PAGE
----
The production and consumption of money is also an important concept to study during an economics course. Money is one of the most important economic principles and a huge driving force in the economy, making it a crucial part of even the most basic school programs.

Learning about how money affects labor and the market, helps us build a base for understating some of the other economic trends.

In addition to regular and honors economics classes, there are a couple of organizations that offer another set of classes in the economics field.

The College Board is one of these organizations. They are the creators of programs such as the SAT and Advanced Placement classes. As part of their selection of classes, the Advanced Placement or AP curriculum includes two economics-related courses.

AP Macroeconomics and AP Microeconomics classes are available in numerous high schools around the US as well as options for online courses if you qualify.

Similarly to the College Board, the International Baccalaureate (IB) organization also provides a select number of high schools and their teachers with the option of teaching an economics course under their accredited high school curriculum.

Best Economics High School Revision Materials

No matter what economics course you are taking, be it honors, AP courses, or IB, you are probably going to have to take a final exam at some point, so we are here to help. We have listed a couple of the best Economics High School Revision Material for all of your classes.

review book
When it comes time to review, official review books can be of great help. (Photo by Noémi Macavei-Katócz on Unsplash)

There are a ton of review books available for both of the Advanced Placement courses. Some of the review books focus on only one of the econ courses while others have a 2-in-1 deal. No matter the book you get, you will receive a detailed overview of all of the content and terms that you could possibly be tested on.

In addition, most of these books will also include tips about the exam and descriptions of how the exam is structured.

Be sure to pay close attention to the structures of the exams. Knowing what is expected of you in each section will save you precious time.

The AP Micro and AP Macro exams are structured fairly similar but the IB exams vary greatly.

Any review material you acquire should be up to date. These programs change their exams every couple of years so the education requirements might not be the same if you purchase a more outdated review book.

If you are a student that feels they need a more personalized review, it might be a good idea to reach out to a tutor. Review books are great if you already understand the concepts and want to just go over them a couple more time but if you need some concepts explained to you in detail, it would be beneficial to meet with someone that can explain them in person.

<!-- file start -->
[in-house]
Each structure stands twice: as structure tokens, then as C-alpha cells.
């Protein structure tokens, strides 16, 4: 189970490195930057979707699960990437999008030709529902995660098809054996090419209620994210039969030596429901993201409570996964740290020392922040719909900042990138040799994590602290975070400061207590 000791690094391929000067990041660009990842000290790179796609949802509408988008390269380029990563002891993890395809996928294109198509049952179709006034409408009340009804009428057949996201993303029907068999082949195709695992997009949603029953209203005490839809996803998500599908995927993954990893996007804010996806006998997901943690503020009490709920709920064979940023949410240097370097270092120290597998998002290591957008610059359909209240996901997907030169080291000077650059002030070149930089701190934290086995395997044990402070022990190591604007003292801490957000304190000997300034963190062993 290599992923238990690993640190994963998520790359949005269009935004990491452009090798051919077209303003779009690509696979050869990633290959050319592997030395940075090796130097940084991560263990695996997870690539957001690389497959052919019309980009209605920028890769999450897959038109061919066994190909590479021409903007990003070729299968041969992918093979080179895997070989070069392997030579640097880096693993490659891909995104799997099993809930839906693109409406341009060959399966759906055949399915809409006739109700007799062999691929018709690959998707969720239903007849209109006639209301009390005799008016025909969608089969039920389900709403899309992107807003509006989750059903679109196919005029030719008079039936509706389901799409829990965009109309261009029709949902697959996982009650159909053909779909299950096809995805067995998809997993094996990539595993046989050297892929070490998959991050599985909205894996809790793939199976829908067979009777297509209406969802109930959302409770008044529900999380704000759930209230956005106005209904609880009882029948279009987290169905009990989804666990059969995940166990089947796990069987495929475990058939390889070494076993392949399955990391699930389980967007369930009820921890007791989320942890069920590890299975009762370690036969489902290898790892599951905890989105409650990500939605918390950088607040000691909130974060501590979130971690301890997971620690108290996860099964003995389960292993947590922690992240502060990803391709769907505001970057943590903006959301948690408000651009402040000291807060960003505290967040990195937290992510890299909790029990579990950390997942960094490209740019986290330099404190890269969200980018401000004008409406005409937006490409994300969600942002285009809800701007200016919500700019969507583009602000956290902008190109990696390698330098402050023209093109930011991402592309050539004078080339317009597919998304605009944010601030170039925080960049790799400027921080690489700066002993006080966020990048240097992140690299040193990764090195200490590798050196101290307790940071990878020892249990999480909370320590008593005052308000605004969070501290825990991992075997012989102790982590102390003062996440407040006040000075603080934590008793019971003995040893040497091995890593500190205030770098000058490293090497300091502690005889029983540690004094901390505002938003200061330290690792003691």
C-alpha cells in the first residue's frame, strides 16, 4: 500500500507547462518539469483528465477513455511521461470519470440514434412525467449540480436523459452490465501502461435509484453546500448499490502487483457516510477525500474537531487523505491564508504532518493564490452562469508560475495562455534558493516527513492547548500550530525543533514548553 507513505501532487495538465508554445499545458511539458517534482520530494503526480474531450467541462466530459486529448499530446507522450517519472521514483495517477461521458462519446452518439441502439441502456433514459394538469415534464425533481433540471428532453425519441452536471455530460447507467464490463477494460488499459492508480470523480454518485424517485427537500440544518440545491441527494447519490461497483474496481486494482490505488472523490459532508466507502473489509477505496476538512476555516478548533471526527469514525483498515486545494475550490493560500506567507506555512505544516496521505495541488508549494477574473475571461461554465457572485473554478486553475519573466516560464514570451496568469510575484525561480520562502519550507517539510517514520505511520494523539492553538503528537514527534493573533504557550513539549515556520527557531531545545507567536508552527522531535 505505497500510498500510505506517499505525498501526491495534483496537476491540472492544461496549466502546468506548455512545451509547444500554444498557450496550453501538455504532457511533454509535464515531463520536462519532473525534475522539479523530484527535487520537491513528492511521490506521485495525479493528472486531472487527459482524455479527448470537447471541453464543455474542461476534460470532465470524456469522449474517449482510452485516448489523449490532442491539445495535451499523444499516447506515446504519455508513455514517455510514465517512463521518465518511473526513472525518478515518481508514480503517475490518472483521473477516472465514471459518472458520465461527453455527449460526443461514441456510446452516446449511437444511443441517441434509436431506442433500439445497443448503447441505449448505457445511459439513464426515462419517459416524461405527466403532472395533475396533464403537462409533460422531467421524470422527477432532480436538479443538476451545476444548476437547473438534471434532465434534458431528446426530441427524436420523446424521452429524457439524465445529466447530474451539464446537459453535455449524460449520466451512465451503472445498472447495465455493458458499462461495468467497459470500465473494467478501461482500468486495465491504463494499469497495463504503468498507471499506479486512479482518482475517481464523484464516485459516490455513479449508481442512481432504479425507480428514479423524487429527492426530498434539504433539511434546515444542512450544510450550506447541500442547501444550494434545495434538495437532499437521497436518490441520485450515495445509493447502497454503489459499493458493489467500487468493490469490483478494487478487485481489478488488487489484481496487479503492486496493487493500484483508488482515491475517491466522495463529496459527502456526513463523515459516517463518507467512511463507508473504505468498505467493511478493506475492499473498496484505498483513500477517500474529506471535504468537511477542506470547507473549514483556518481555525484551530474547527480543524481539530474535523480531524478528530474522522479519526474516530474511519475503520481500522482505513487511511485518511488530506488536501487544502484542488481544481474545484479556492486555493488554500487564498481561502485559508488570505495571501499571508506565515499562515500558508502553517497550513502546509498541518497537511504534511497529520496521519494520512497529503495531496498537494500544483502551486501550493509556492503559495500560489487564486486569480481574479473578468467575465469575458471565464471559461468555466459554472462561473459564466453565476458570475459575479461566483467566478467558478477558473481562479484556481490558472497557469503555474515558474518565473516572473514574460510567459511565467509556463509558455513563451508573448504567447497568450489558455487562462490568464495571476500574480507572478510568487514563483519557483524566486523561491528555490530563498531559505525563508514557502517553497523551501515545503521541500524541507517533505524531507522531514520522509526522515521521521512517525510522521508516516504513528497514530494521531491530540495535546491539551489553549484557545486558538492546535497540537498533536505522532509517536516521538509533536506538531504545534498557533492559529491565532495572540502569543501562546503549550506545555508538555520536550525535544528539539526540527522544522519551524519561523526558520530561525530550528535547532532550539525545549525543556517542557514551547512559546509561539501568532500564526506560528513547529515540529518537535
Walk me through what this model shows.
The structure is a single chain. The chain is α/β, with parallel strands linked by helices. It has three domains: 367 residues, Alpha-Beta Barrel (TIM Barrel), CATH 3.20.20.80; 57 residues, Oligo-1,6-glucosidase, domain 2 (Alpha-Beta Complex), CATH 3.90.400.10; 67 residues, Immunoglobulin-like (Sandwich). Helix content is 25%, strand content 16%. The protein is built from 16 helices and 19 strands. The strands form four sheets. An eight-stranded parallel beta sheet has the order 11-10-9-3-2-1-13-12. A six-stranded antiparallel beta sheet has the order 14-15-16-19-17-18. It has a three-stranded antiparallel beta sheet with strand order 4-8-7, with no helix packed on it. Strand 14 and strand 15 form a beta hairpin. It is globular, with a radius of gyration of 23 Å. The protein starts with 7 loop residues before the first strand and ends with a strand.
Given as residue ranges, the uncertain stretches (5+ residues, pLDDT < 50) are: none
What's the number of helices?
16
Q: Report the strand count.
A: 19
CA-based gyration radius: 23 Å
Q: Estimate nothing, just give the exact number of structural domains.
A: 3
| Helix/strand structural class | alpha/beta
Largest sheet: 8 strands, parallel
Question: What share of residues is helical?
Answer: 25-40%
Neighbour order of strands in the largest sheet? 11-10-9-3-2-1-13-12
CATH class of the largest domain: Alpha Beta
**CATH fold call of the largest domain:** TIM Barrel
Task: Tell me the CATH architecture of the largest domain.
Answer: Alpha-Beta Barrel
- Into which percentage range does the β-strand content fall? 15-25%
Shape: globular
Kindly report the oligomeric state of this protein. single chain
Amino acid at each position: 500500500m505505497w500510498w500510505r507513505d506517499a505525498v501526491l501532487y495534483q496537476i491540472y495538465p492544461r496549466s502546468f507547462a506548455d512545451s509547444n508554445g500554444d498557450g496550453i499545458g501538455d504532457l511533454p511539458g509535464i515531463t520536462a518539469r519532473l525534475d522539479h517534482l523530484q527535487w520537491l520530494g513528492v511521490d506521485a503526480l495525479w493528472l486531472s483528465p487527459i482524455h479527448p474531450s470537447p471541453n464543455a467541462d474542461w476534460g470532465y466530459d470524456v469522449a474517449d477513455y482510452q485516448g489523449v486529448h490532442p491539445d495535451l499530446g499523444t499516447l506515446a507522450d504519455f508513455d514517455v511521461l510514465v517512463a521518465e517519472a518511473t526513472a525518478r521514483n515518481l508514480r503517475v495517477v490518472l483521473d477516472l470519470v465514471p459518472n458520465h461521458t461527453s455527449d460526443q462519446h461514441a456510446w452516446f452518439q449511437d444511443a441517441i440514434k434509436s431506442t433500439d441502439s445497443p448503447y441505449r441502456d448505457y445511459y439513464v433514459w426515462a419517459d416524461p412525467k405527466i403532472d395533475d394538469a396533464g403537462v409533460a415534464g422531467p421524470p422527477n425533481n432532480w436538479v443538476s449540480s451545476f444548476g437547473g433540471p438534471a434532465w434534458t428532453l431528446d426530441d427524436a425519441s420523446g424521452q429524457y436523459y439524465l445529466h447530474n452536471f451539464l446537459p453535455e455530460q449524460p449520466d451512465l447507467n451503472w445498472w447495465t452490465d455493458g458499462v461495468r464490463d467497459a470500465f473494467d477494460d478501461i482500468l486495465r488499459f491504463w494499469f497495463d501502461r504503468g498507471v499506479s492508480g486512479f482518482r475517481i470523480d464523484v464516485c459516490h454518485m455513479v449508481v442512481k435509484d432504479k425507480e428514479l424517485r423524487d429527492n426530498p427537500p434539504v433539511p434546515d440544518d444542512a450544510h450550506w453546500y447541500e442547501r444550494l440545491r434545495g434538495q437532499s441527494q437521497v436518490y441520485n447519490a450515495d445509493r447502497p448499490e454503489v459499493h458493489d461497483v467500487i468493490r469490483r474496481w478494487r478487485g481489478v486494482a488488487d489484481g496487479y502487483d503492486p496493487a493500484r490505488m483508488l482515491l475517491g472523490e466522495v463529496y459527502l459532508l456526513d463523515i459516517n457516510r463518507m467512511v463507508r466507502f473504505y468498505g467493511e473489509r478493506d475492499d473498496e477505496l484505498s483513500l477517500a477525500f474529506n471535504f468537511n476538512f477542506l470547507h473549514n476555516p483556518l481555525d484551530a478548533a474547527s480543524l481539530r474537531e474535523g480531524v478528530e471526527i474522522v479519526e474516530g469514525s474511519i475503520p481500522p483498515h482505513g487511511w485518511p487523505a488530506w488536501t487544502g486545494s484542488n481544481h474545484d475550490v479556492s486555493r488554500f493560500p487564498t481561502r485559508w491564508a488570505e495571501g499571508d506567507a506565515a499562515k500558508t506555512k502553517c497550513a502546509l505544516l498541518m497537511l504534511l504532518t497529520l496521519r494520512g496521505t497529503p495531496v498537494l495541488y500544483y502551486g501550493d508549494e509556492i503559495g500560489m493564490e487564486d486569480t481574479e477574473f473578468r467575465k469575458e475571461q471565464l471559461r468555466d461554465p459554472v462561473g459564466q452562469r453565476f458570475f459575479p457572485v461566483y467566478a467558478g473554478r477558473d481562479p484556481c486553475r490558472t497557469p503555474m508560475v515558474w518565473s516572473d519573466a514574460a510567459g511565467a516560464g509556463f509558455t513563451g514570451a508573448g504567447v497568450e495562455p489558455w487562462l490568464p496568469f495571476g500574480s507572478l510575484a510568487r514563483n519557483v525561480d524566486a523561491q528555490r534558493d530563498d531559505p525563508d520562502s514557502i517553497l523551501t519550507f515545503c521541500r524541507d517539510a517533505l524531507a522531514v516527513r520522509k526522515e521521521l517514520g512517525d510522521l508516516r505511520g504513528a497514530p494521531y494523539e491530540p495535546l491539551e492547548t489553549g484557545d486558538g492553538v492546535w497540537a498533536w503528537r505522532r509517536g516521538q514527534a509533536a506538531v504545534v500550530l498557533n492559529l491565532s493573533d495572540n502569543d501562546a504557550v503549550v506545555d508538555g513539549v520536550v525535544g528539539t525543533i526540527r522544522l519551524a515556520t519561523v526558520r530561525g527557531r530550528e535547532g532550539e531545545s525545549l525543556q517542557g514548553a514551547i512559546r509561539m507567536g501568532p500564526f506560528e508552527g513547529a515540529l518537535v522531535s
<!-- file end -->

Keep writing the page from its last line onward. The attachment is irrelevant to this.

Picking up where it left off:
Here at Superprof, there is a hundred of economics tutors that are available right in your area. Getting in contact with them is just a matter of clicks.

Find Economics High School Past Papers

There’s no better revision material than actual past exams and papers. Practicing with released exams helps you get sued to the time restrictions as well as the structuring of the exam.

tools for exams
Take time to practice writing out the questions from past exams. (Photo by Angelina Litvin on Unsplash)

The review books mentioned above have one or more practice exams, but these dual credit courses also release past papers.

For example, the College Board has released the free-response questions for all of their past exams. All past papers dating back to 1999 are on the website. It might be much to go that far back, but it would be beneficial to go over a couple of the past papers if you haven’t already done so in your class.

The program requirements might have changed they still hold a common core in the content presented.

College Board provides not only the free-response questions but also includes the scoring guidelines and sample responses for all courses. To test your knowledge, try writing out the responses for the sample questions in the time frame indicated.

You can compare your answers and graphs to the sample responses. You can even grade your own work and note which sections you need a little more practice with. If you continue to follow this technique, you will eventually identify the kind of answers that get the highest scores.

So when the time of the exam rolls around, you’ll know exactly what methods to use to impress our readers.

The IB program does not release their old exams but make sure to ask your teachers if they have any official practice test from the organization.